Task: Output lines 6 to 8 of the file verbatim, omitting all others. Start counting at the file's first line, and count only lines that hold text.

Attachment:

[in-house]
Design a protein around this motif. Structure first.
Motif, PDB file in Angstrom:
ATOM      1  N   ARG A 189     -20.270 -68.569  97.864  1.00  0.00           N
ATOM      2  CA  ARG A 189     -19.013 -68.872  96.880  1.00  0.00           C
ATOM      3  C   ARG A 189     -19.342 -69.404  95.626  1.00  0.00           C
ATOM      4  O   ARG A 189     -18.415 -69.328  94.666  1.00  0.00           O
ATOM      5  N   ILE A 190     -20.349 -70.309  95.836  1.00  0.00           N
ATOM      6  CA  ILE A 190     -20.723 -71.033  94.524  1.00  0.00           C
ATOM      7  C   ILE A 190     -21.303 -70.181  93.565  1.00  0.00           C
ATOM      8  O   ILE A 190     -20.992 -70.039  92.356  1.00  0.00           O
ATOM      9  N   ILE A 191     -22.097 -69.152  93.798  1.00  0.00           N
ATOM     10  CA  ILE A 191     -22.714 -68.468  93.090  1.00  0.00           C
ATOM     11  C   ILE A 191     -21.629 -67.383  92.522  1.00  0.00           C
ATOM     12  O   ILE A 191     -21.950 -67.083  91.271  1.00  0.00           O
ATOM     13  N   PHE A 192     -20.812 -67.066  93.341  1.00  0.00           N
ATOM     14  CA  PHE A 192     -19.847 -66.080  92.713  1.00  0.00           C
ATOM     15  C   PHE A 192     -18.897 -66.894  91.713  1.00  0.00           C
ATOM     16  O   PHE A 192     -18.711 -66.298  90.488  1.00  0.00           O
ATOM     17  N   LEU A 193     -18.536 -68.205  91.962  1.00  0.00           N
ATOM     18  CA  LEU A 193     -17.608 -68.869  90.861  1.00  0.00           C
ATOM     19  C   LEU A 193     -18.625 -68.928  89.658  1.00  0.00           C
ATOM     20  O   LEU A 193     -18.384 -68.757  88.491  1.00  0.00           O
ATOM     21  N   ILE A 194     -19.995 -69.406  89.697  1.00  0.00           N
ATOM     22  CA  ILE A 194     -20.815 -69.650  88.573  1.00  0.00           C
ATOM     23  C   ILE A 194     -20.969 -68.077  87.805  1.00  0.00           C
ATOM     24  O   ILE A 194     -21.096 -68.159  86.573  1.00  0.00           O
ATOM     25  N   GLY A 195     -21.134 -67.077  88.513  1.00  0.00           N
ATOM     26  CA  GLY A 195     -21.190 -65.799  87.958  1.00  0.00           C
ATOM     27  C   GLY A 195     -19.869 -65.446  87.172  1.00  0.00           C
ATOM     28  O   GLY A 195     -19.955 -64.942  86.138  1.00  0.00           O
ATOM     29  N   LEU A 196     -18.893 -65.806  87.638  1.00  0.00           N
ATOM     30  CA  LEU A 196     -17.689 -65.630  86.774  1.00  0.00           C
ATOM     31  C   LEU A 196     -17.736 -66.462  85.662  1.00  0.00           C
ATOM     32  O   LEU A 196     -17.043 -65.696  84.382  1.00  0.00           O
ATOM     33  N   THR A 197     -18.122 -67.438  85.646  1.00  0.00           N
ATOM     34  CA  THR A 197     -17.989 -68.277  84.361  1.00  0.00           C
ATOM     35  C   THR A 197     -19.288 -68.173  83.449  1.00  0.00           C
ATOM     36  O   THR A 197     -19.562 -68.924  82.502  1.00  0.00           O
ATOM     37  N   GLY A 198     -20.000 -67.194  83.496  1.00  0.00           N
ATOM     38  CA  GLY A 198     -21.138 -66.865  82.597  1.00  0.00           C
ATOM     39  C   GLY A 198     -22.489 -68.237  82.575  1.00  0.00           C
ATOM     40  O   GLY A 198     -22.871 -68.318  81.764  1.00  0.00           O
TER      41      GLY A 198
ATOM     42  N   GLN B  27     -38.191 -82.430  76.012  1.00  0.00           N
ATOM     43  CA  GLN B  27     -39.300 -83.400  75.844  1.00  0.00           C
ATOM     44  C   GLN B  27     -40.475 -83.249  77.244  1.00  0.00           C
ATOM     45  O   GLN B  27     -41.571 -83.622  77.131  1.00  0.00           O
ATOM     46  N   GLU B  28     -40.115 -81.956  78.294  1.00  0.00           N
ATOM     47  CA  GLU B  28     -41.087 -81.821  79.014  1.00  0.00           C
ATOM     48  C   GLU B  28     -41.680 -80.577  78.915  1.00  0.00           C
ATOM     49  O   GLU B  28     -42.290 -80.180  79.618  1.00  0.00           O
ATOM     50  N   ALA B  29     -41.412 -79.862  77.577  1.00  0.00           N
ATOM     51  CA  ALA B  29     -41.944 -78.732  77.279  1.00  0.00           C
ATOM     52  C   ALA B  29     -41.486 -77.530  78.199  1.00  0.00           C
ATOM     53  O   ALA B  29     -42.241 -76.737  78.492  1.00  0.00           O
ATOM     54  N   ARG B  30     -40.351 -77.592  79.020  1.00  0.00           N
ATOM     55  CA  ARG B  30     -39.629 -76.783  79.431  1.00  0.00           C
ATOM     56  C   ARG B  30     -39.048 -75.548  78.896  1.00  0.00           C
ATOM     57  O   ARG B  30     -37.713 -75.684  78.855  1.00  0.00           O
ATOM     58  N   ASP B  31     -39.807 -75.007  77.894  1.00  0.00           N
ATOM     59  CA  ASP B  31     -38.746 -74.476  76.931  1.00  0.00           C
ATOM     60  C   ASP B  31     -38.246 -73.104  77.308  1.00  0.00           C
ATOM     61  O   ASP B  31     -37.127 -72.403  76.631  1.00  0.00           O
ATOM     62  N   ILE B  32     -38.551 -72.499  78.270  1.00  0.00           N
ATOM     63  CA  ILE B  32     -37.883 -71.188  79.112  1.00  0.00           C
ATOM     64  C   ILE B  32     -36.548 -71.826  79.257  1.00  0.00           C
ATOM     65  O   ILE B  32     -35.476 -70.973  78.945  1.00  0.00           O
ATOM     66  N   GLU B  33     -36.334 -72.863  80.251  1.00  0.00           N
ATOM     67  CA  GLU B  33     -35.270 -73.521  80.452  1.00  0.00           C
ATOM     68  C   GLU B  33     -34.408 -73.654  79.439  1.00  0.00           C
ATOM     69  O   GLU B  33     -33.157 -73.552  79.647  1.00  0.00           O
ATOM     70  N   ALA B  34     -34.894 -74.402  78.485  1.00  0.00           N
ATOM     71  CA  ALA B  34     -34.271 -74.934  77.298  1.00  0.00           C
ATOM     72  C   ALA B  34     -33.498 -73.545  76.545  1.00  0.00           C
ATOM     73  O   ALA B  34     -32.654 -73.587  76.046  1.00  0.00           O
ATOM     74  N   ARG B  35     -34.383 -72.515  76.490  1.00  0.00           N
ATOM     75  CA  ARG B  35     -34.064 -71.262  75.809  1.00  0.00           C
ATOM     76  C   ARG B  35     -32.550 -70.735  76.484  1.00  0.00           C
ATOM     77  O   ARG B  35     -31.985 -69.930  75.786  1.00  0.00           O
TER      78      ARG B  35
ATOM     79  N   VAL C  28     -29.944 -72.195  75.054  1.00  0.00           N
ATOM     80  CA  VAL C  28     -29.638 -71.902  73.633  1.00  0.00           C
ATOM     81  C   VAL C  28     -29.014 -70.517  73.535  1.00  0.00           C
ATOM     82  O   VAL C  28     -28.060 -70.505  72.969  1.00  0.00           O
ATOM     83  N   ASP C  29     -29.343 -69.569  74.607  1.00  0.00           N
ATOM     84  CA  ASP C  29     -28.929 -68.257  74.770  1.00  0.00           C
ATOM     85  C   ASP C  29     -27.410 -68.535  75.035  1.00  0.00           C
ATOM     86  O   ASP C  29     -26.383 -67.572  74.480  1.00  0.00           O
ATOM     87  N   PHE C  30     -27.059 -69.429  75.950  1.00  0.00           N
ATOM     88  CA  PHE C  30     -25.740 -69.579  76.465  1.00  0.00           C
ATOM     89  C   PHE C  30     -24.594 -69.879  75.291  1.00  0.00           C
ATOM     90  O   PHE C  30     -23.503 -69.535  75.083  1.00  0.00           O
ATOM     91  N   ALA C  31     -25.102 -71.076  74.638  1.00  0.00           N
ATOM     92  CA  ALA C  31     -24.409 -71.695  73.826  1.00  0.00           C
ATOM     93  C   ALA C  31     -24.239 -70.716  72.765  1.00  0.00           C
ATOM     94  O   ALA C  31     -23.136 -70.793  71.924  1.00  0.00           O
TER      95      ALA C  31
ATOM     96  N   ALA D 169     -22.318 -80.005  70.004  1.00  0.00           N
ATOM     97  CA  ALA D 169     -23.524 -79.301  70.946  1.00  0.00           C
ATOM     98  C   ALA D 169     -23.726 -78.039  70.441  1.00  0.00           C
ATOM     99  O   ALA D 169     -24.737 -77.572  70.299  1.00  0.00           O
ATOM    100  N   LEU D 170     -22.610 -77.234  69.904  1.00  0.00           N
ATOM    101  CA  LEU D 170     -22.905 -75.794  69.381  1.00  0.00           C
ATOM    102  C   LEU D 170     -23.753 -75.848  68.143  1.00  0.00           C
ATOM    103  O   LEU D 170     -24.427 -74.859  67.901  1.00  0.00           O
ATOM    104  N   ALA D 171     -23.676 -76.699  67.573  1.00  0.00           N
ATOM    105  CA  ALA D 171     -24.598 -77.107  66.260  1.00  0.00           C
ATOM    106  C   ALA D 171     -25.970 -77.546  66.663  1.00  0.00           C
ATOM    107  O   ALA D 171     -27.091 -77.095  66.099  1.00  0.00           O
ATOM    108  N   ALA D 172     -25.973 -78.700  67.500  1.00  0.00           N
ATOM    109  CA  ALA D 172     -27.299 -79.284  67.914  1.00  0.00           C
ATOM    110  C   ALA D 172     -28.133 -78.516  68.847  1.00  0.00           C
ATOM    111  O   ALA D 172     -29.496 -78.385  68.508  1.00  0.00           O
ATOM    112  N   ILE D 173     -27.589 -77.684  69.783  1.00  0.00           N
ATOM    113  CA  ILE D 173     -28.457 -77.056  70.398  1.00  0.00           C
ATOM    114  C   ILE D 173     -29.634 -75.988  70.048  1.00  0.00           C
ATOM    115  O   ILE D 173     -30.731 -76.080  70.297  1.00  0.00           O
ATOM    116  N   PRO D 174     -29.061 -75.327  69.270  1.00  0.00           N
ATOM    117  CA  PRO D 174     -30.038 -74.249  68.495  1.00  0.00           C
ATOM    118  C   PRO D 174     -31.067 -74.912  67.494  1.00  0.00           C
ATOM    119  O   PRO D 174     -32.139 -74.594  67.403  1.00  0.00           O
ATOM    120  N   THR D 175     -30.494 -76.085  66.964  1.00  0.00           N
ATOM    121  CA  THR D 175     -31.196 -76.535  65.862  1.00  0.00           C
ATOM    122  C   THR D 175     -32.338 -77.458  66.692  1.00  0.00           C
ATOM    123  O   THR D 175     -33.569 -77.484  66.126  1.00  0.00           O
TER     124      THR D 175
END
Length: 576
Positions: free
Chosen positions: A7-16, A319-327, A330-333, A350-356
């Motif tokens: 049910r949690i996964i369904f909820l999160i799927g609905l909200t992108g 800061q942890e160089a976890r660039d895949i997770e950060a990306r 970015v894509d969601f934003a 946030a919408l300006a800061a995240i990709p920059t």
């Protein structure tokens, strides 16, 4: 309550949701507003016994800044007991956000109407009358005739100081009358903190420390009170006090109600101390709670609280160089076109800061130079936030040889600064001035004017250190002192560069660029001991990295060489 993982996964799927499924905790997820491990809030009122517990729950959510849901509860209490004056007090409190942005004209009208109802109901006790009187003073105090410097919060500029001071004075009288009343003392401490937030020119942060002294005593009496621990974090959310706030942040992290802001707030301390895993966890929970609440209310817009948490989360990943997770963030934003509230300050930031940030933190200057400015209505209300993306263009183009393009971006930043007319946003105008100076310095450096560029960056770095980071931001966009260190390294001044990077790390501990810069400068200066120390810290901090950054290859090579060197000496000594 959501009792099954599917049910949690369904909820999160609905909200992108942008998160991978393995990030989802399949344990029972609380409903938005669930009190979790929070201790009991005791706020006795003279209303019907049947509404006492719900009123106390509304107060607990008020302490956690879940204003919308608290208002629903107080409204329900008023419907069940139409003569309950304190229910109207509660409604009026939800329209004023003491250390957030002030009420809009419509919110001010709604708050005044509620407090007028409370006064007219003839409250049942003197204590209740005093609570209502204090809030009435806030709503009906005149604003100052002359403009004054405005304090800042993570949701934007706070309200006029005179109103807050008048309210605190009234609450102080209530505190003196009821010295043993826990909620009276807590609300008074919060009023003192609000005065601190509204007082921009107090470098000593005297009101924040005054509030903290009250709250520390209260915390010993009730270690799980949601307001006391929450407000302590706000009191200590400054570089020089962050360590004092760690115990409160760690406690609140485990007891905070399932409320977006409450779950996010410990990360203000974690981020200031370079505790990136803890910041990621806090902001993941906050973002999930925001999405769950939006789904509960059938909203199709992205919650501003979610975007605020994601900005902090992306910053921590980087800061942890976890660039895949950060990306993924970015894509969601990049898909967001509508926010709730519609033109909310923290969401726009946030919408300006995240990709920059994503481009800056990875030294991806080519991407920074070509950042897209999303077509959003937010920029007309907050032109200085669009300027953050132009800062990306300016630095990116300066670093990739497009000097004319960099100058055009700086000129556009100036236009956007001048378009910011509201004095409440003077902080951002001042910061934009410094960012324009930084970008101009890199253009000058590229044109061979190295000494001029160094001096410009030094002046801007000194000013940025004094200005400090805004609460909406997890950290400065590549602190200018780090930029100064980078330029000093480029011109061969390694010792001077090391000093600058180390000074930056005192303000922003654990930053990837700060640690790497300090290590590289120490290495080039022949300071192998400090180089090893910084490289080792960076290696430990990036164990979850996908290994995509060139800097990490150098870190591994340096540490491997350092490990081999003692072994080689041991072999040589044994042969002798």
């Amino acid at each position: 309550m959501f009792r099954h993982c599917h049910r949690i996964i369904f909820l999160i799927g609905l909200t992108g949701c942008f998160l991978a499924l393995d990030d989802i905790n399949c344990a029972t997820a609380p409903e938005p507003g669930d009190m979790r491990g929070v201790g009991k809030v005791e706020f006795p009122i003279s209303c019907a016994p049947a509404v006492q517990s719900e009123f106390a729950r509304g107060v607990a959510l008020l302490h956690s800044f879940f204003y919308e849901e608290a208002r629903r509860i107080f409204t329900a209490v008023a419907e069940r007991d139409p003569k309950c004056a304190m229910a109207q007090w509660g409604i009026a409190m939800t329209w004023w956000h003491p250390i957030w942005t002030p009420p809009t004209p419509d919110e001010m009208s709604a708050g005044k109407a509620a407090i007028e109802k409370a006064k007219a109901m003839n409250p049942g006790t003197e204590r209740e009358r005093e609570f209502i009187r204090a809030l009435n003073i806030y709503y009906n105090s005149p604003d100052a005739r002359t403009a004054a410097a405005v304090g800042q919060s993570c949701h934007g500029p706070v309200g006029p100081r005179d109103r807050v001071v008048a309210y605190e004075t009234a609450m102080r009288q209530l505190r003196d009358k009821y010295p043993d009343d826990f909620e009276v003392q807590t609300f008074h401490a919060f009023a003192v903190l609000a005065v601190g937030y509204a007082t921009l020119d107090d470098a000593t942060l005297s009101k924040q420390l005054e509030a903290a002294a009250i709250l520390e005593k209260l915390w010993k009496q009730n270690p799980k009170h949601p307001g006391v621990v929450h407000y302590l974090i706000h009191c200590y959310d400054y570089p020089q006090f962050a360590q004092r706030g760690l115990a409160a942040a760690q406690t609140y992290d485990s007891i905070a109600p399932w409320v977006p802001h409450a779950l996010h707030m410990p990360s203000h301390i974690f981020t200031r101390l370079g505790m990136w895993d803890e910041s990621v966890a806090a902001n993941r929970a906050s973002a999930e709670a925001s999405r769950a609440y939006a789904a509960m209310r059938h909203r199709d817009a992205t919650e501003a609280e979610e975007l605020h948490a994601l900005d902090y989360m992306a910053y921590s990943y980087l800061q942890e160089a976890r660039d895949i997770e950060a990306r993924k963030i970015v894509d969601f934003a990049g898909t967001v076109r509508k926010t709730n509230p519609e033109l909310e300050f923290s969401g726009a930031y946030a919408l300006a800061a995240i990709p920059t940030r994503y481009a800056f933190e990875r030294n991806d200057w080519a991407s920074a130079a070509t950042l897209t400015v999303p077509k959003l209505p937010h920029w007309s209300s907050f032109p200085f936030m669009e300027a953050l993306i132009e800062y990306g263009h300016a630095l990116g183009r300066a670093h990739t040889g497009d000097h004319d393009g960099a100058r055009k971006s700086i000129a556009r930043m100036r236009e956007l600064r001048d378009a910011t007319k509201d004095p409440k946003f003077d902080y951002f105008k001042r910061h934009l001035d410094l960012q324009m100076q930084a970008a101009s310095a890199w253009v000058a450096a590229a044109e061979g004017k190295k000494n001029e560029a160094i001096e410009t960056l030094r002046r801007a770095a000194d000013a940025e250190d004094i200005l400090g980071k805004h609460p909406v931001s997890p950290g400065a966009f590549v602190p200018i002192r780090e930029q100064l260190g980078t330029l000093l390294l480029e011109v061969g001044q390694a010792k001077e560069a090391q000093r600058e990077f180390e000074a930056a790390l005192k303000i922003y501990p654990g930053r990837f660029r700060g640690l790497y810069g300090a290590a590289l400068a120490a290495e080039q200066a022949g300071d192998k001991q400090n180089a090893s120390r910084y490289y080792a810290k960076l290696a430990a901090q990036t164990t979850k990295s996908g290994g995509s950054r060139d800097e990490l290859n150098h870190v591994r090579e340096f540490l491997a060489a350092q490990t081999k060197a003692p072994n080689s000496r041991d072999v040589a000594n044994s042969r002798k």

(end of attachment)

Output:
ATOM      3  C   ARG A 189     -19.342 -69.404  95.626  1.00  0.00           C
ATOM      4  O   ARG A 189     -18.415 -69.328  94.666  1.00  0.00           O
ATOM      5  N   ILE A 190     -20.349 -70.309  95.836  1.00  0.00           N